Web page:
PAL VHS capture - source film

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Hi,

I have a PAL VHS. I captured with HUFFYUV and it looks like the source is
definitely a film. Top fields are the same as bottom ones. So what should I
do with that? How should I encode this footage? Progressive?

--Leonid
 
G

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> Hi,
>
> I have a PAL VHS. I captured with HUFFYUV and it looks like the source is
> definitely a film. Top fields are the same as bottom ones. So what should
I
> do with that? How should I encode this footage? Progressive?
>
> --Leonid

If you are 100% sure there are no interlaced/combed frames, then yes, just
encode it as 25fps progressive. If there are combed frames, you could either
leave it interlaced, or run it through DeComb to align the fields.
 
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Adam H <dfghjkl@fghjkl.ur> wrote:
: If you are 100% sure there are no interlaced/combed frames, then yes, just

It doesn't look like there combed frames.

: encode it as 25fps progressive. If there are combed frames, you could either
: leave it interlaced, or run it through DeComb to align the fields.

Ok, this footage is only 23 minutes. And I'm putting it together with another
footage which is interlaced. I guess the DVD won't allow me to have 1
interlaced and 1 progressive, right?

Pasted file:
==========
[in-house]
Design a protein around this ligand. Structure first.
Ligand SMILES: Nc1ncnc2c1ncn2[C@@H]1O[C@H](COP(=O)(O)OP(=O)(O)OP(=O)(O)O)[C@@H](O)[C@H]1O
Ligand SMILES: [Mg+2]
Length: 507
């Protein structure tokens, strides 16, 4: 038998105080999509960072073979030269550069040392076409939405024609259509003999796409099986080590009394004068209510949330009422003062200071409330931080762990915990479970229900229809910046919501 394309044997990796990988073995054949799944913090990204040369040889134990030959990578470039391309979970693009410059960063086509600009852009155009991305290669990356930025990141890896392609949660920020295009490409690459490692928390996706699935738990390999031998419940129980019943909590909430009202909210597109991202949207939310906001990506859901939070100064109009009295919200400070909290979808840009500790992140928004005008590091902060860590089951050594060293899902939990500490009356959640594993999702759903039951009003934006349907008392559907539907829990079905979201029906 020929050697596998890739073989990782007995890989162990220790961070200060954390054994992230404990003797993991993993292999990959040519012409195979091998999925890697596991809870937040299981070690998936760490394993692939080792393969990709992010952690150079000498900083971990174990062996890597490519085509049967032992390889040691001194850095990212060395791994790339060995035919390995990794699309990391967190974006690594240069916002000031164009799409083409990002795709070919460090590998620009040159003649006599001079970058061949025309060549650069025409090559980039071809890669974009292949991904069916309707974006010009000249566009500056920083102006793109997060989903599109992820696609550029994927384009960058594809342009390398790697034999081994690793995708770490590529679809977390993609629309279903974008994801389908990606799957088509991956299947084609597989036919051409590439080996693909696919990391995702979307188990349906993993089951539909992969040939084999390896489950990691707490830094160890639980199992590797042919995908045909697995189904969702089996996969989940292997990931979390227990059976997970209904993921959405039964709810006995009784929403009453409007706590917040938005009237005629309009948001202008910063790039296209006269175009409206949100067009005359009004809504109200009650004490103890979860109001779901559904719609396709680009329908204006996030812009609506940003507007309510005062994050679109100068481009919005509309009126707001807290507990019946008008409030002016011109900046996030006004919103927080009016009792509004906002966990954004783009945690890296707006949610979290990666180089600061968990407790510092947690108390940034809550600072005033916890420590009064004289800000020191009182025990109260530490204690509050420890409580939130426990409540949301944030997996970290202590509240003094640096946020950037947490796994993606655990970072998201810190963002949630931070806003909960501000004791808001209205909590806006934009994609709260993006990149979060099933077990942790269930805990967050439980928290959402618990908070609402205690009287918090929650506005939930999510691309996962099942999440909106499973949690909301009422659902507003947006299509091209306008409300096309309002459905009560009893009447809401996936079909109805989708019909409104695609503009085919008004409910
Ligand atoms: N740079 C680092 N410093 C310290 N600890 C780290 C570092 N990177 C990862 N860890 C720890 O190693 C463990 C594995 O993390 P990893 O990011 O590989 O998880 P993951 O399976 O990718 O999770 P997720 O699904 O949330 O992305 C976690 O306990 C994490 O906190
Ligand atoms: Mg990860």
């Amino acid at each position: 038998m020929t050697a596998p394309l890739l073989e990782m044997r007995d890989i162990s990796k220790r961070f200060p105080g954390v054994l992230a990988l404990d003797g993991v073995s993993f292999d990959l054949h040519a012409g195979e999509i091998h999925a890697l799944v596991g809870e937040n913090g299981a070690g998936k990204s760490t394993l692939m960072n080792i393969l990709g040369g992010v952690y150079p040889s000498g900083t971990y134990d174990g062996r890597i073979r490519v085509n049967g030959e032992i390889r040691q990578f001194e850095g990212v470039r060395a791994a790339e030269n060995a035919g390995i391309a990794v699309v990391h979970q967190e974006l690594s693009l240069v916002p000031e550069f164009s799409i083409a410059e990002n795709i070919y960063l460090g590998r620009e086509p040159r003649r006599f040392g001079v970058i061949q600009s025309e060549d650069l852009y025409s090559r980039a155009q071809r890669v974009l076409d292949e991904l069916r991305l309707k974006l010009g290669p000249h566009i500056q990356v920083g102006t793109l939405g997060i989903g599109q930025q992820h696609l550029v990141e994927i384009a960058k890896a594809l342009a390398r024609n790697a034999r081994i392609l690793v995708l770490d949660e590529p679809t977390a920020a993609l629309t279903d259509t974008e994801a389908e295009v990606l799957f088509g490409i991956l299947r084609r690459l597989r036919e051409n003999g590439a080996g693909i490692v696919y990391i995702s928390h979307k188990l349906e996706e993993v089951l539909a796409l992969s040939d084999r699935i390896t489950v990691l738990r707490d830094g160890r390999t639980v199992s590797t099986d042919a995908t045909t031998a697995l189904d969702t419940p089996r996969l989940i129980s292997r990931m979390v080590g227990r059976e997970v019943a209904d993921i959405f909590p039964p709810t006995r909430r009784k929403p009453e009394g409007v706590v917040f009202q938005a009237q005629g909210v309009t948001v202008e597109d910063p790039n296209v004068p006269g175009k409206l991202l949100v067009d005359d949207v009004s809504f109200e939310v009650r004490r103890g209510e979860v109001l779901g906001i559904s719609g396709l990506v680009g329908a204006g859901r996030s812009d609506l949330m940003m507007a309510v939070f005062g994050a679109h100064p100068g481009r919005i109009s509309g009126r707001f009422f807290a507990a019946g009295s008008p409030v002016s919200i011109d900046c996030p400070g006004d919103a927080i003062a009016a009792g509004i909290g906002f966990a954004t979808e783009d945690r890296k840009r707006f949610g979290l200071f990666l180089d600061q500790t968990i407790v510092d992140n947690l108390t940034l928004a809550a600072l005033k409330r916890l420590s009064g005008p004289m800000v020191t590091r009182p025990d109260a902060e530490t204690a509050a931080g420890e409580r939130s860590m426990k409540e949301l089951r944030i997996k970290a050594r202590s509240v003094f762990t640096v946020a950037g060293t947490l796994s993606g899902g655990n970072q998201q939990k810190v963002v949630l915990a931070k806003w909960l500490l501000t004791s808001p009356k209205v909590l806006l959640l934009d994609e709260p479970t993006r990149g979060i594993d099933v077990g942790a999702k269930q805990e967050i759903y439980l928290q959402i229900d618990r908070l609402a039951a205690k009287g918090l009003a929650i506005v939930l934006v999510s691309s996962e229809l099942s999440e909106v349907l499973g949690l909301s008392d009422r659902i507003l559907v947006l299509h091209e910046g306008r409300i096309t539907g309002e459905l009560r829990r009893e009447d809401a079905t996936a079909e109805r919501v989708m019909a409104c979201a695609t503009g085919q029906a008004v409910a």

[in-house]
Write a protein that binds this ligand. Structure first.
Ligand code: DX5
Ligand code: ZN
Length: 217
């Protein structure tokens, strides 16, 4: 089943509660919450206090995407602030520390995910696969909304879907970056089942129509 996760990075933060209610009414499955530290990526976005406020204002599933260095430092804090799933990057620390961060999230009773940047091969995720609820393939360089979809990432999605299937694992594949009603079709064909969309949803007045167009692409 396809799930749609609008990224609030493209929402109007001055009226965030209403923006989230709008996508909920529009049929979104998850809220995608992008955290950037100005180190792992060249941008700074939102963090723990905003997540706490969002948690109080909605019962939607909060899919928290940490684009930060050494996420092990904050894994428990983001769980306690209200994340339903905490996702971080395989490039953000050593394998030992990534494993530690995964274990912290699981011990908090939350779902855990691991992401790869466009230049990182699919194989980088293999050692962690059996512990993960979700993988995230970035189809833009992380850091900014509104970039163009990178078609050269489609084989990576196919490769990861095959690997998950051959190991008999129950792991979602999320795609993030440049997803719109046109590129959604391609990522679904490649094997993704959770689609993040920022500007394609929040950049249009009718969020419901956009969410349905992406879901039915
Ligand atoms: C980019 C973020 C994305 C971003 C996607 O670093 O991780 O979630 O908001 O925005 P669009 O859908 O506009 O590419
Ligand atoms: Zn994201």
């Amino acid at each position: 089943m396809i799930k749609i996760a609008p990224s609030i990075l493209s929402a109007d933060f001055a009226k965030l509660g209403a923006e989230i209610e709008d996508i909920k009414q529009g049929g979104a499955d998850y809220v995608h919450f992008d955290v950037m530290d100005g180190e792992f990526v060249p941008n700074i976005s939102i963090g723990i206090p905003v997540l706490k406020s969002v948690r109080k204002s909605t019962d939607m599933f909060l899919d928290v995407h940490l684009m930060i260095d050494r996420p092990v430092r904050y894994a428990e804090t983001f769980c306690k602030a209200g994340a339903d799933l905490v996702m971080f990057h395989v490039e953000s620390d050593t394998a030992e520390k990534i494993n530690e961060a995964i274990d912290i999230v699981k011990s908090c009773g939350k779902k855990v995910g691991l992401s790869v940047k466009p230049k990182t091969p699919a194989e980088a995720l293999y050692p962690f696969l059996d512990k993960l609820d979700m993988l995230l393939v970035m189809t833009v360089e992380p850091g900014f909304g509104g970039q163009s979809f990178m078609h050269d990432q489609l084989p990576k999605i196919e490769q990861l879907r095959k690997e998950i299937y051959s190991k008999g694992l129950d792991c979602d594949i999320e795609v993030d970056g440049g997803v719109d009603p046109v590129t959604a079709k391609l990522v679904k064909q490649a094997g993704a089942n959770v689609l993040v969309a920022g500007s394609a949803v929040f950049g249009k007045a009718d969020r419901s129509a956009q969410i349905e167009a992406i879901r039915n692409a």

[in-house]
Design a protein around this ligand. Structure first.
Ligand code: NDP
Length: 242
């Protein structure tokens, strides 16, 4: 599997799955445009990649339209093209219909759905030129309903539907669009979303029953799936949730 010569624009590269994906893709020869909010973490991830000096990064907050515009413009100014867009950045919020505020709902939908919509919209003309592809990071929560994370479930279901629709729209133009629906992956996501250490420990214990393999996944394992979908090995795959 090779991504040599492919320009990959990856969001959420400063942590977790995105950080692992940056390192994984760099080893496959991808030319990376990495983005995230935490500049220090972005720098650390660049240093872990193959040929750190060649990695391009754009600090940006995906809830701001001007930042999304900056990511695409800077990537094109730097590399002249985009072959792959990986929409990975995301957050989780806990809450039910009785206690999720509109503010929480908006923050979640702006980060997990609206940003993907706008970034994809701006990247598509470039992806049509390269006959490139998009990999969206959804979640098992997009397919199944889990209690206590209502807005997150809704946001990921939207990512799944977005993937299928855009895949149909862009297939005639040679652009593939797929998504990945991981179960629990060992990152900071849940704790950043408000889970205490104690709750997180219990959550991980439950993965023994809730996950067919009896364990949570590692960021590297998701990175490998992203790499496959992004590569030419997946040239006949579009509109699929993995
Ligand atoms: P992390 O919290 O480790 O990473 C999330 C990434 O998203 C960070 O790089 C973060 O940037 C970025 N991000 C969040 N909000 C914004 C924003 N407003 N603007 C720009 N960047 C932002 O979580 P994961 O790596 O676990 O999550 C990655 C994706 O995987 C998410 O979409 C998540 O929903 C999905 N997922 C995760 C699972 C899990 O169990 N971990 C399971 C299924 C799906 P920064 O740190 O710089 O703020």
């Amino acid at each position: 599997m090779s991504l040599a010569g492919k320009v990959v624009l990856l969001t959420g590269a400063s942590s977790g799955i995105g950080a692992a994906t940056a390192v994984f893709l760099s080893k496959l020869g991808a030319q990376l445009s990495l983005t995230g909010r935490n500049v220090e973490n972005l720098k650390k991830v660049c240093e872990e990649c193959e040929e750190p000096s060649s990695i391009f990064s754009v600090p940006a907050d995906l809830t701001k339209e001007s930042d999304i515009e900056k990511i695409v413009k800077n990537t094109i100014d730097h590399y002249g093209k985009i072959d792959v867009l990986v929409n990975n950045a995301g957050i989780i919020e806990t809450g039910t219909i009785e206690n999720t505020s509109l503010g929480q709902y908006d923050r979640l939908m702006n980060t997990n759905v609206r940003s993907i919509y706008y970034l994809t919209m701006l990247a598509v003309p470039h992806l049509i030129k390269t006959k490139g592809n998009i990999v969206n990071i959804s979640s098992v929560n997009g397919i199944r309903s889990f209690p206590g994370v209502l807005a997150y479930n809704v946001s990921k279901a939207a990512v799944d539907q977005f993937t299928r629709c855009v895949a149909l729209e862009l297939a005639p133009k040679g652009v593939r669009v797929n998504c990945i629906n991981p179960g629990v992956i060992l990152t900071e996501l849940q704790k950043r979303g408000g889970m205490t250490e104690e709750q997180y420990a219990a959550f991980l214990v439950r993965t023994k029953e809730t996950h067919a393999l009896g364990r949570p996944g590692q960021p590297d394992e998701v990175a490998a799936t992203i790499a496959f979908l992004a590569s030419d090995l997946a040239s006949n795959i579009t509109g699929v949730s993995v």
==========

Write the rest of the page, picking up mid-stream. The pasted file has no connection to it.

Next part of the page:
--Leonid
 
G

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Adam H <dfghjkl@fghjkl.ur> wrote:
: If you are 100% sure there are no interlaced/combed frames, then yes, just
: encode it as 25fps progressive. If there are combed frames, you could either
: leave it interlaced, or run it through DeComb to align the fields.

By the way, Adam, what benifit am I getting if I encode the footage as
progressive versus if I encode it as interlaced?

Thanks.

--Leonid
 
G

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> Ok, this footage is only 23 minutes. And I'm putting it together with
another
> footage which is interlaced. I guess the DVD won't allow me to have 1
> interlaced and 1 progressive, right?

Unless your authoring software has that specific limitation, I don't think
it is a problem. I am pretty sure have had interlaced and progressive on the
same DVD before.
 
G

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> By the way, Adam, what benifit am I getting if I encode the footage as
> progressive versus if I encode it as interlaced?
>

Some people claim MPEG2 encoding is more efficient on progressive material.
I have never tested this myself, so I don't know if this is really the case,
or just theoretical.